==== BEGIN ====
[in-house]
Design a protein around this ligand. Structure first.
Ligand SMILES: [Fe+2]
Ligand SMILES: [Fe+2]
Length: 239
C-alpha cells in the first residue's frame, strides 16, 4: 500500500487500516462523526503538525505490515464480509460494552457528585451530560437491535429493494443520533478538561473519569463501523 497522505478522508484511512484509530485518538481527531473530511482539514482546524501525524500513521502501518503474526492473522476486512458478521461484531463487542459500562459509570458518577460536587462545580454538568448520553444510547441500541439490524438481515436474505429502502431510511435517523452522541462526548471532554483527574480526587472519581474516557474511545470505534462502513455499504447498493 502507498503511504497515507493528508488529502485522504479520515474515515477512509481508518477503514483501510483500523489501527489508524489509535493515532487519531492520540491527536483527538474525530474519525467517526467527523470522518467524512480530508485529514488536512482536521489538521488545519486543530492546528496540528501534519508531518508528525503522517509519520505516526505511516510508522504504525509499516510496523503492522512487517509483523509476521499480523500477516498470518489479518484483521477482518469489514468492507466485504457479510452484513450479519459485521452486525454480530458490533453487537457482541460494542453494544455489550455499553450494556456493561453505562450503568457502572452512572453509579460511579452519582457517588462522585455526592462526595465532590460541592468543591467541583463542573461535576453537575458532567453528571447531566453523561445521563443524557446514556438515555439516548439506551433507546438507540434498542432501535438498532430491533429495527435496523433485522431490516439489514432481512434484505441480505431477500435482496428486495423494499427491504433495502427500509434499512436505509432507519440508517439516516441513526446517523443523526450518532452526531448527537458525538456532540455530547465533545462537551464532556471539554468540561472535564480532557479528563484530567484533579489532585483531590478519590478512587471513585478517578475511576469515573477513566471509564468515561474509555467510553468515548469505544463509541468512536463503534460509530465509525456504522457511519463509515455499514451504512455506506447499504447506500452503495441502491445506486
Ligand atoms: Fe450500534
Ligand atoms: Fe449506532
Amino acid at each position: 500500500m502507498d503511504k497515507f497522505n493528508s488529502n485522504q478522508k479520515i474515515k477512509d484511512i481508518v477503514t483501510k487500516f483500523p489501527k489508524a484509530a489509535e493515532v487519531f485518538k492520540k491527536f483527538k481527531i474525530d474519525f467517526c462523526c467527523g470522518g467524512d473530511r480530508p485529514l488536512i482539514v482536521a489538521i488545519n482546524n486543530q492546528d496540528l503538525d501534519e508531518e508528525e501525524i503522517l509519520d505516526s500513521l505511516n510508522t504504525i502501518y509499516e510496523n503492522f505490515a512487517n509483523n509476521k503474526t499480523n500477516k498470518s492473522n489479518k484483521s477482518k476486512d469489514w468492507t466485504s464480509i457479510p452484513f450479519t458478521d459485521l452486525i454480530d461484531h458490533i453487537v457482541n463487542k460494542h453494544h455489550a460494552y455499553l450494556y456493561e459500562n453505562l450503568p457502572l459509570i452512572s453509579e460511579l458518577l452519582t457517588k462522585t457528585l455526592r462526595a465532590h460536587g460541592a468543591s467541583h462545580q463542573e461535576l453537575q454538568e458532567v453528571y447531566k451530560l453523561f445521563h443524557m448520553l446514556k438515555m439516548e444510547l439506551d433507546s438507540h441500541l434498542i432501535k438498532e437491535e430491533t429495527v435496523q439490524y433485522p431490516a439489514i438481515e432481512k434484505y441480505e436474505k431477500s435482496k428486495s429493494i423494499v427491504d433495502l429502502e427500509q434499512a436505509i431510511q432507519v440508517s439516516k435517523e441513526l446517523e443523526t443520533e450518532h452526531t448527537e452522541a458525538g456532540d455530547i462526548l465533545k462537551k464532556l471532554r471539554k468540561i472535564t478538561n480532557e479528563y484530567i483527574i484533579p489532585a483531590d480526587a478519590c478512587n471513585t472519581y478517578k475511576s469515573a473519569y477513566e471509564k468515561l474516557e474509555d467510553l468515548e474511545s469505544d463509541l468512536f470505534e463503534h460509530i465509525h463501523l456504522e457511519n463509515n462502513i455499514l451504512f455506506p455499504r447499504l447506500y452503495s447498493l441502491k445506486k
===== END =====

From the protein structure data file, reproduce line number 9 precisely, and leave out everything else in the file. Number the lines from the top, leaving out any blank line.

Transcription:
Amino acid at each position: 500500500m502507498d503511504k497515507f497522505n493528508s488529502n485522504q478522508k479520515i474515515k477512509d484511512i481508518v477503514t483501510k487500516f483500523p489501527k489508524a484509530a489509535e493515532v487519531f485518538k492520540k491527536f483527538k481527531i474525530d474519525f467517526c462523526c467527523g470522518g467524512d473530511r480530508p485529514l488536512i482539514v482536521a489538521i488545519n482546524n486543530q492546528d496540528l503538525d501534519e508531518e508528525e501525524i503522517l509519520d505516526s500513521l505511516n510508522t504504525i502501518y509499516e510496523n503492522f505490515a512487517n509483523n509476521k503474526t499480523n500477516k498470518s492473522n489479518k484483521s477482518k476486512d469489514w468492507t466485504s464480509i457479510p452484513f450479519t458478521d459485521l452486525i454480530d461484531h458490533i453487537v457482541n463487542k460494542h453494544h455489550a460494552y455499553l450494556y456493561e459500562n453505562l450503568p457502572l459509570i452512572s453509579e460511579l458518577l452519582t457517588k462522585t457528585l455526592r462526595a465532590h460536587g460541592a468543591s467541583h462545580q463542573e461535576l453537575q454538568e458532567v453528571y447531566k451530560l453523561f445521563h443524557m448520553l446514556k438515555m439516548e444510547l439506551d433507546s438507540h441500541l434498542i432501535k438498532e437491535e430491533t429495527v435496523q439490524y433485522p431490516a439489514i438481515e432481512k434484505y441480505e436474505k431477500s435482496k428486495s429493494i423494499v427491504d433495502l429502502e427500509q434499512a436505509i431510511q432507519v440508517s439516516k435517523e441513526l446517523e443523526t443520533e450518532h452526531t448527537e452522541a458525538g456532540d455530547i462526548l465533545k462537551k464532556l471532554r471539554k468540561i472535564t478538561n480532557e479528563y484530567i483527574i484533579p489532585a483531590d480526587a478519590c478512587n471513585t472519581y478517578k475511576s469515573a473519569y477513566e471509564k468515561l474516557e474509555d467510553l468515548e474511545s469505544d463509541l468512536f470505534e463503534h460509530i465509525h463501523l456504522e457511519n463509515n462502513i455499514l451504512f455506506p455499504r447499504l447506500y452503495s447498493l441502491k445506486k